There are now nine new ailments to look out for, added to the website on Friday afternoon.
This new information comes as the government scrapped free universal lateral flow tests over the weekend.
Covid infections have been rising rapidly.
This is from the week ending on March 26, and the figure does not include people living in hospitals, care homes, or other communal establishments.
In the UK, roughly 4.9 million had Covid-19 that week, rising from 4.3 million the week before.
Here is everything you need to know:
What are the new symptoms?
The new symptoms are listed on the NHS website.
These include shortness of breath, feeling tired or exhausted, an aching body, a headache, a sore throat, a blocked or runny nose, loss of appetite, diarrhoea, and feeling or being sick.
The NHS also includes a loss or change to your sense of taste and smell, a new continuous cough – three or more episodes in a day – and a high temperature.
Shivering is also listed next to a high temperature – where you feel hot to touch on your chest or back.
Are these new symptoms like a cold?
The NHS considers the new ailments to be consistent to similar illnesses.
A statement on its website said: ‘The symptoms are very similar to symptoms of other illnesses, such as colds and flu.’
There has been criticism towards the government over not including more official symptoms sooner.
The World Health Organisation and the Centres for Disease Control and Prevention, in the USA, have had more extensive lists for some time.
Why have more symptoms been added?
Medical professionals have been putting pressure on the government to include a greater array of symptoms.
It is understood the Government’s chief medical officer would have needed to sign off the expanded list.
The aim is to help reduce Covid infections.
If more people are aware of a greater array of symptoms, they are more likely to know if they have the disease and self isolate.
What to do if you have these symptoms?
It is advised to limit social contact as much as possible if you have these symptoms.
The recommendations on the NHS website are: ‘Try to stay at home and avoid contact with other people if you have symptoms of COVID-19 and either: you have a high temperature, or you do not feel well enough to go to work or do your normal activities.’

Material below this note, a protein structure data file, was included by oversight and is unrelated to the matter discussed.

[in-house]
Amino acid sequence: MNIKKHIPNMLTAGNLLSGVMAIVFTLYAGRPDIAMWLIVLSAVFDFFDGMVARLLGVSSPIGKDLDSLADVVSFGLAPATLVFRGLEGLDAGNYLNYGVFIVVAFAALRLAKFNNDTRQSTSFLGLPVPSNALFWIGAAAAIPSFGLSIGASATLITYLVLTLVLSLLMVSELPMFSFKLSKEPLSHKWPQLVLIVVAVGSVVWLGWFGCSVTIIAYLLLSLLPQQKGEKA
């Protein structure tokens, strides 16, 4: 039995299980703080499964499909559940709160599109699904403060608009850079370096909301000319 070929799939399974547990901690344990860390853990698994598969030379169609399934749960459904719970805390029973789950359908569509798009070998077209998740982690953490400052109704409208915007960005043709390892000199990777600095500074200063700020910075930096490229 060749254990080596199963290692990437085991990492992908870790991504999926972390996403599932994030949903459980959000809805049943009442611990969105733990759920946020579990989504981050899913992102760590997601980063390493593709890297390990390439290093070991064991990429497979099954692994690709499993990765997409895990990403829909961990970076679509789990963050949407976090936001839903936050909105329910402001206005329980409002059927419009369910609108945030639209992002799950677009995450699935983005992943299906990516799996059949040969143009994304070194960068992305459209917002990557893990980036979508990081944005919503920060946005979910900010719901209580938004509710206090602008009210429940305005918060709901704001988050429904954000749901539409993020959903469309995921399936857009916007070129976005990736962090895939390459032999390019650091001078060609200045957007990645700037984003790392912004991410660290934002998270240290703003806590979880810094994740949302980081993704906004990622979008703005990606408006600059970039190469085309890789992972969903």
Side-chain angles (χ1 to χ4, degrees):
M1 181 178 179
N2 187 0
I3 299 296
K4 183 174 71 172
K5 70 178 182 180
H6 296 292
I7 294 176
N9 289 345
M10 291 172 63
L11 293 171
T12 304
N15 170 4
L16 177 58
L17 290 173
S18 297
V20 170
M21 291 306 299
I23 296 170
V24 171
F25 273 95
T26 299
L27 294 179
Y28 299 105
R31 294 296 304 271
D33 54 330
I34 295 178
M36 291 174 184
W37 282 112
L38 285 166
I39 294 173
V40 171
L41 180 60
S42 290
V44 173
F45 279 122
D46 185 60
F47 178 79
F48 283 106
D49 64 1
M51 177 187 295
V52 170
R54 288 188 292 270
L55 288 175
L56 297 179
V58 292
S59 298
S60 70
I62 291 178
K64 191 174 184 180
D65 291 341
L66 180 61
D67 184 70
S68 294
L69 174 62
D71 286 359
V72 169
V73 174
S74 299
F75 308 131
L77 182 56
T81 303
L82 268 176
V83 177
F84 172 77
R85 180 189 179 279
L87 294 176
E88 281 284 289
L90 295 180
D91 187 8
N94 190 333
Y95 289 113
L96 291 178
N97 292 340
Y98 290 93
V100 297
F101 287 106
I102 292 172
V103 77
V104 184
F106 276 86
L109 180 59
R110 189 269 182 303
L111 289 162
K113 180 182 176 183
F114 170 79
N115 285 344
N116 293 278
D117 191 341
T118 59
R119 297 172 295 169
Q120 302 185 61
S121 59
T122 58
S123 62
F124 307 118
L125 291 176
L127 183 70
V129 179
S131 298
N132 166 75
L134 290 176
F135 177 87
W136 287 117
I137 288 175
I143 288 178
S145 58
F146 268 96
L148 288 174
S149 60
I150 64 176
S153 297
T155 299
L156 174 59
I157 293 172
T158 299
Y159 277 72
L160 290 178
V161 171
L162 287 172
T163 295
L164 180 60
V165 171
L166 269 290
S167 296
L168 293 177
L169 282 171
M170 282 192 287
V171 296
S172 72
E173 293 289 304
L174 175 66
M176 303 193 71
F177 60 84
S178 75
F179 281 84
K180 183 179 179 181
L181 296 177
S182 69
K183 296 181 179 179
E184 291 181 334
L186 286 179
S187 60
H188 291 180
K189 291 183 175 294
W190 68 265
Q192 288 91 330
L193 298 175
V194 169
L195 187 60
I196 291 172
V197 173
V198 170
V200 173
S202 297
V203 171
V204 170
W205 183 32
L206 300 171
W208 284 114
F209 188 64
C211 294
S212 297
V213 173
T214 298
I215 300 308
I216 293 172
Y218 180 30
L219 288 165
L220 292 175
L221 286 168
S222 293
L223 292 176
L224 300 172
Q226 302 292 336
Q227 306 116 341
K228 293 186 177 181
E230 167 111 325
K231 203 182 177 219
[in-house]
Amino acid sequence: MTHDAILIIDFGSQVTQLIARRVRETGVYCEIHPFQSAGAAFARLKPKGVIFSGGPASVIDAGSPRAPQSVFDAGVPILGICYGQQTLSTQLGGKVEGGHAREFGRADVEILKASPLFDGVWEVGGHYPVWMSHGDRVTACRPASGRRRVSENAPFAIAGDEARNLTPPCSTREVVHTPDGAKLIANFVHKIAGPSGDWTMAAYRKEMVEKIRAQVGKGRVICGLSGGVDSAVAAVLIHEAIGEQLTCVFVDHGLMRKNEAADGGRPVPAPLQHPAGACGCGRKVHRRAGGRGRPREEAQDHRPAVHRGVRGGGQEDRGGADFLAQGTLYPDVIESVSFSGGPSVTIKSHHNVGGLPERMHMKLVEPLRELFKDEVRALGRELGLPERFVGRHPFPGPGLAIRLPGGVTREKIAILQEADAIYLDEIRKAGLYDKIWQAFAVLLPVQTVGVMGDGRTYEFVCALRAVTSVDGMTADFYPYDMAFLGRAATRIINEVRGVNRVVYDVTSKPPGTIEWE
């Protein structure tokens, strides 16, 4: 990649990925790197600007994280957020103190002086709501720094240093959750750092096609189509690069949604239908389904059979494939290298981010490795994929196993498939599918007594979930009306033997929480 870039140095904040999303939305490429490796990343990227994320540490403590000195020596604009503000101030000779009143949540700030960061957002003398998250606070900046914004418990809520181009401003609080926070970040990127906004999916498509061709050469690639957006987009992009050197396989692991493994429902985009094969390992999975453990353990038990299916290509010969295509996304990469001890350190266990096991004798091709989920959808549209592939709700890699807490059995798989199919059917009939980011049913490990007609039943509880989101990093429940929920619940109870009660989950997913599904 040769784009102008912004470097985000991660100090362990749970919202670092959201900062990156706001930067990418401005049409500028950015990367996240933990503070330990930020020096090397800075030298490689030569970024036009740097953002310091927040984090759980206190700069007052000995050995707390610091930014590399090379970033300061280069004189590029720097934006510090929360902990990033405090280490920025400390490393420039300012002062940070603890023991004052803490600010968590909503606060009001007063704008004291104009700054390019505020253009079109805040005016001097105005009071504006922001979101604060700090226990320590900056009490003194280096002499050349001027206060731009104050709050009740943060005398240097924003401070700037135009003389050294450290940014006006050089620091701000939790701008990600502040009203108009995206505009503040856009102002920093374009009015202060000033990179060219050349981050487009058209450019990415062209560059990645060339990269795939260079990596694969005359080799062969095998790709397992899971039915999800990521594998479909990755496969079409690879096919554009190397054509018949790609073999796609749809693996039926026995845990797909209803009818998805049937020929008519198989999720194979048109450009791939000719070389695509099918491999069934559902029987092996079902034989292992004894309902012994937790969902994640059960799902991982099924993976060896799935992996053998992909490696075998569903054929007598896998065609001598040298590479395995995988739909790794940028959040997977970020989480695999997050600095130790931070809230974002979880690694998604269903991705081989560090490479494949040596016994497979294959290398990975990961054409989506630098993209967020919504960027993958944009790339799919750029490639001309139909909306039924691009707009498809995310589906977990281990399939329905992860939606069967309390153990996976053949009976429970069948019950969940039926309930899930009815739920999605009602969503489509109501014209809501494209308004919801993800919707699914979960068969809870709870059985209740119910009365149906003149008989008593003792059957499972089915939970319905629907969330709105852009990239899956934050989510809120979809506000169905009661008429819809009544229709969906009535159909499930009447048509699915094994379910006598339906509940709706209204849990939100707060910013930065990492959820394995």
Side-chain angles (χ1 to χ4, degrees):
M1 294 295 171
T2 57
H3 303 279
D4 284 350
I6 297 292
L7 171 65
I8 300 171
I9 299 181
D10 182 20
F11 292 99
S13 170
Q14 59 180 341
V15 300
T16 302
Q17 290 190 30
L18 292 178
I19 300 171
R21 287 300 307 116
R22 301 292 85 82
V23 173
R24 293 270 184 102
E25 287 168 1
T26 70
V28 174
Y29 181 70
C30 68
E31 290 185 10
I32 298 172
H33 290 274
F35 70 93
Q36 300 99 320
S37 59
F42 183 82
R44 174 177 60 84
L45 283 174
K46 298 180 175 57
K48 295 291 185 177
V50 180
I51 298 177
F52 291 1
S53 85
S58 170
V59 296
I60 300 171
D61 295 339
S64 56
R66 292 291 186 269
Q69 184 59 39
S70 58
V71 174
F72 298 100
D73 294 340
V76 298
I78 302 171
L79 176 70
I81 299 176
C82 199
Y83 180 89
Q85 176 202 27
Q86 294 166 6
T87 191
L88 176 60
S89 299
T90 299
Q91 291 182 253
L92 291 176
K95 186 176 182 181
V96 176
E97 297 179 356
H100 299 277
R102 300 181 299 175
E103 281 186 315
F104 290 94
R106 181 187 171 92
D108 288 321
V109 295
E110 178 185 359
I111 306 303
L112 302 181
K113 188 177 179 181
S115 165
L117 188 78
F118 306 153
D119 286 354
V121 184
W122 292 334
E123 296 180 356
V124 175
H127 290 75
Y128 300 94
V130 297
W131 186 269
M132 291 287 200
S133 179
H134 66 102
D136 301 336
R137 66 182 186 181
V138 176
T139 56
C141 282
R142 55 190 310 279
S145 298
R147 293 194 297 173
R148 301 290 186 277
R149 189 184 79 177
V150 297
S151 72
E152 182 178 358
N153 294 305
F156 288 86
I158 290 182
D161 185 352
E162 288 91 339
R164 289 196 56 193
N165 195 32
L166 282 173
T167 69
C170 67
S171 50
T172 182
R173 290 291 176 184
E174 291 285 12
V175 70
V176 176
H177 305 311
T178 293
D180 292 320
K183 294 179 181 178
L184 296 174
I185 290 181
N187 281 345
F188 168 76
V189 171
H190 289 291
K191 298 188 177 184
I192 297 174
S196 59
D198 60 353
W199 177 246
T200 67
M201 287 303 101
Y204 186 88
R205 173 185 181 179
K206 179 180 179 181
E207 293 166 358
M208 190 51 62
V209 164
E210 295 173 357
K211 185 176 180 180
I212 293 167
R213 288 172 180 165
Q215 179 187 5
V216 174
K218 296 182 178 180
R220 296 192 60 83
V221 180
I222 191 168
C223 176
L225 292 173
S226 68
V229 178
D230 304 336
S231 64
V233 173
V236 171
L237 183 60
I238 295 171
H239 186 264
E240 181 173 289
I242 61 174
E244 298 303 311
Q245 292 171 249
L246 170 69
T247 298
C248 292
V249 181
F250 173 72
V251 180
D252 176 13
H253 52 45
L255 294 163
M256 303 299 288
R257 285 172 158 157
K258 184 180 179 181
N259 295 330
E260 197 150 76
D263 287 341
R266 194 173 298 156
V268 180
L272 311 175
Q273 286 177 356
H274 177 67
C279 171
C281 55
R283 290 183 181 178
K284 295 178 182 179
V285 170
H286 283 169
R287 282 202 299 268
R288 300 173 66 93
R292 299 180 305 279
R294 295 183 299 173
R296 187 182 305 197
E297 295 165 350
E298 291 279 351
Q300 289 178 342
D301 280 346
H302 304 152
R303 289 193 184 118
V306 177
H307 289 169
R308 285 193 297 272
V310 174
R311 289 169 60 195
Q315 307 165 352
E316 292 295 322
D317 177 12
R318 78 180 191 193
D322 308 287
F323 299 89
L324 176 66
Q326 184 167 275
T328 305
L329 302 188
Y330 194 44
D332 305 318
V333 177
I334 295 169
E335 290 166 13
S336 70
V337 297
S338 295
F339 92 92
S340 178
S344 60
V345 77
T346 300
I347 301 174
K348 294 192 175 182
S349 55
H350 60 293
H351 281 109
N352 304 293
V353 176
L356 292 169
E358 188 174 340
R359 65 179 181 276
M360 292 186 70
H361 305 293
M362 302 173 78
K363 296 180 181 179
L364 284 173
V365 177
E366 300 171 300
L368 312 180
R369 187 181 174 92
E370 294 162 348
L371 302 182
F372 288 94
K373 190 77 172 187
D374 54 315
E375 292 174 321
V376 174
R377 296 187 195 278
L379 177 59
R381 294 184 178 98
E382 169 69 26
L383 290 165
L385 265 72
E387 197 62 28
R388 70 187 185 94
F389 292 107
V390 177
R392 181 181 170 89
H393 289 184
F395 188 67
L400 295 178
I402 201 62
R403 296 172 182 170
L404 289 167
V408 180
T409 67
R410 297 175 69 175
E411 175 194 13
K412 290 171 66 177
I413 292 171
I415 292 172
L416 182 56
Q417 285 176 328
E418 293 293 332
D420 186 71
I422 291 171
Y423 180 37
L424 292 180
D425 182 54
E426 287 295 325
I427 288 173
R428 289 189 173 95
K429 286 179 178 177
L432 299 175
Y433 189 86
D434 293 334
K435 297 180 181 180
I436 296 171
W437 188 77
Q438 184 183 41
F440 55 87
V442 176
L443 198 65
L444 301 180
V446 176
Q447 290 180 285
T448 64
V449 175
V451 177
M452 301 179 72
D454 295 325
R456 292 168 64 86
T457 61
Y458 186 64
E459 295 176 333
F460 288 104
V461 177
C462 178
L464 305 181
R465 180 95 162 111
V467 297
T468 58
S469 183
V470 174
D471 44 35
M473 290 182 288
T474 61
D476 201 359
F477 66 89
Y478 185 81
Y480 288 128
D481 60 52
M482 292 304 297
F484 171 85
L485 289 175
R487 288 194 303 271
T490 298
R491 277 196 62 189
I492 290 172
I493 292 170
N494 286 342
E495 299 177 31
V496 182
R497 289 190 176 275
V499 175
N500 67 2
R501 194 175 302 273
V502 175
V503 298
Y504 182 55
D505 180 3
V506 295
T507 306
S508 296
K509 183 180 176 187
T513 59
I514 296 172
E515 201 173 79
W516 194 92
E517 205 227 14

Limiting interaction with those who are clinically vulnerable is also suggested.
People are advised to go back to their normal activities when their symptoms have subsided.
More information on what to do if you are clinically vulnerable can be found here.
What are the new isolation rules?
It is not compulsory to self isolate if you have Covid-19.
The legal requirement was lifted on February 24, as part of the government’s ‘living with Covid’ plan.
Currently, the government guidance is to avoid close contact with other people if you go outside, and stay at home if you feel too unwell.
People are also advised to work from home if they can, and to talk to their employer is this is not possible.
Methods such as asking people to get food and essentials for you, while you have the ailments, should also be considered.
Other actions aimed at reducing the spread of Covid-19 include wearing a face mask, not using public transport, not going to large gatherings, covering your mouth and nose when you sneeze, and washing your hands frequently, is recommended.
Has free Covid testing ended?
The new list coincides with the government scrapping free universal Covid testing.
It is no longer mandatory to take a test if you have symptoms.
In England, some people still qualify for free tests in certain circumstances, but the majority will have to buy lateral flows from pharmacies or other retailors.
NHS front line, social care employees, and citizens with specific health conditions are among those who can get free tests.
A full list of those who qualify can be found on the NHS website here.
Previously, people could only qualify for a PCR test if they had one of the three original symptoms, or had been invited to take a test.
The NHS recommend calling the 111 non-emergency number if you are worried about your ailments.